UN-Healthy PA: Comments on the Current Proposed Medicaid Plan in PA

I’m terrified, and I’m angry. I normally don’t much like to do too much state-specific stuff on this blog, but I’m having a terrible time processing this out and it feels like writing a post here is my only solution. I can’t understand what sort of person would think that the proposed Medicaid expansion plan for PA is a good idea.

It’s not that I’m against expanding Medicaid- I’m a full supporter of allowing access to Medical Assistance (MA) to anyone who needs it. Indeed, I’d be on board with universal access to public healthcare. But that’s not the problem with this. Instead the current proposals undermines rather than enhances the existing system, punishes the unemployed, and threatens the health and well being of vulnerable Pennsylvanians. Vulnerable Pennsylvanians including myself.

Disability Rights Network of Pennsylvania, along with some other organizations, have released calls to action encouraging Pennsylvanians of all sorts to comment on how destructive the current proposal is. (I have posted the text of both of the emails I received from DRNPA on tumblr.) My mother posted about it on facebook with the following comment:

Pennsylvanians! If you receive Disability and are over 21, benefits are going to be cut, mental health is being slashed and there will be caps on services . I do not understand how Governor Corbett can call this “Healthy PA” when our most vulnerable populations are being underserved. If you live in PA, you probably know someone who will be affected. This was slid in around the holidays, so most folks do not know about this. Comment period ends soon, January 13. Speak up before it is too late! And share.

And I? I am terrified. Not immediately, but in that poisonous way that leaves you hyper vigilant, exhausted, and unable to do anything about it for ages. It’s not an unfamiliar sensation to me. I’ve dealt with extended homelessness, abuse, lack of access to health care, and so on in the past. I’ve been in poverty for a large part of my memory. This type of terror is a constant throb in the background that says you can’t afford to be sickyou can’t afford those “necessities,” and don’t speak, if you speak up you’ll lose what you have left. It’s a horrible way to live even if you don’t already have an anxiety disorder; when you do, it makes thinking about the next step nearly impossible.

A lot of people were under the impression, either because our governor lied to us or because they can’t imagine it otherwise, that it wouldn’t impact people either already on Medicaid or on SSI. Yet it does. Coverage  limits will be imposed, “non-emergency” emergency room visits will now have a co-pay, and MAWD will no longer be a thing.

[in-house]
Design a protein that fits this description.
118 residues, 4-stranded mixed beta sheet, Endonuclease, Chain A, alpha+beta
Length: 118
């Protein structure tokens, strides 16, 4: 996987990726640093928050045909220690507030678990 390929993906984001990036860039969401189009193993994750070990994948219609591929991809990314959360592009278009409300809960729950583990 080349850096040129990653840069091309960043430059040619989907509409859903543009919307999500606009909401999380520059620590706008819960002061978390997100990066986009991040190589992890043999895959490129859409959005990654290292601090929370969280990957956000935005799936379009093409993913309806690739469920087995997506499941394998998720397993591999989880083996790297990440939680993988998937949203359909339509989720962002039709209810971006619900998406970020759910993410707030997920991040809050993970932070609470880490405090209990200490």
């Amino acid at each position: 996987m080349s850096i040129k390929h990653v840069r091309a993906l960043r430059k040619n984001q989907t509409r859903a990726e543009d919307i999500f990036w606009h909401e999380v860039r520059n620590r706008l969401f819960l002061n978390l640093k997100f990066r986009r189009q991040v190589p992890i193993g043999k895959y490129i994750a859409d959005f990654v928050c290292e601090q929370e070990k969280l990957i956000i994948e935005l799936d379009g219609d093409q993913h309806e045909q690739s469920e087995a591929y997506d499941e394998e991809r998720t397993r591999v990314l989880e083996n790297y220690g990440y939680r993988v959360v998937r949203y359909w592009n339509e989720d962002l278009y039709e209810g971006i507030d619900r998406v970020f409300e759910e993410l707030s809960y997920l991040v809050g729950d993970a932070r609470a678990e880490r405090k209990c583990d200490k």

These coverage limits will limit the number of MH related visits you are allowed a year. As someone over 21 on SSI, I would be put on the High-Risk plan. Right now, I don’t quite go over the allowed 40 visits a year because I’m not in mental health crisis, and I’m not at a point where intensive work is being done. But if I were to be in crisis and need to switch over to even one more therapy appointment a month (let alone extra MH med checks that happen in times of crisis) I’d be over the limit. And this is in the more permissive plan. Now, I have decent MH care, but a lot of people don’t. A lot of people are stuck with doctors who are demeaning and dehumanizing, and more than willing to write you up for small things. While this state of things has gotten a little better over time, it’s still an issue- and with a financial reason not to comply, those people who do have bad doctors would have one more reason to just not go.

For me this is more complicated- if I were having to discontinue my MH treatments, I could lose my housing without a ton of work on the part of both my health proxy and my case manager. I currently have a special housing voucher for people with MH needs who have experienced a certain threshold of homelessness. In order to keep it there’s a number of stipulations, one of which is that I must continue MH treatment and comply to it. (Which is a reason to be especially picky about who those providers are, as reports that I’m non-compliant can get me in trouble.) Not coming to the number of appointments that are deemed needed by the professional can be seen as non-compliance. If I had a different psychiatrist, refusing to take a medication because I want to try a different one or categorically disagree with the type of medication could be written up as in violation.

Heaven forbid under this proposed plan my mobility issues get to the point where I need to deal with the paperwork to get a proper wheelchair. (Right now I use one only in settings where I’d otherwise need to stand for extended periods of time, and I use an inherited hospital style chair that isn’t really designed for you to wheel yourself around safely.) The combined annual limit on my “high risk” plan for medical supplies and durable medical equipment is only $2500 under the new law. If I were a full time AAC user in addition to the current restrictions and complications to get a decent replacement device, I or my health proxy would have to try and predict if any of my other equipment would need replaced. If I required, as some of the people I’ve met in my peer education and advocacy work do, a more complex system that also needed accessories like those for mounting to a wheelchair, I could be in trouble- some of the more complex devices might even exceed that yearly cap.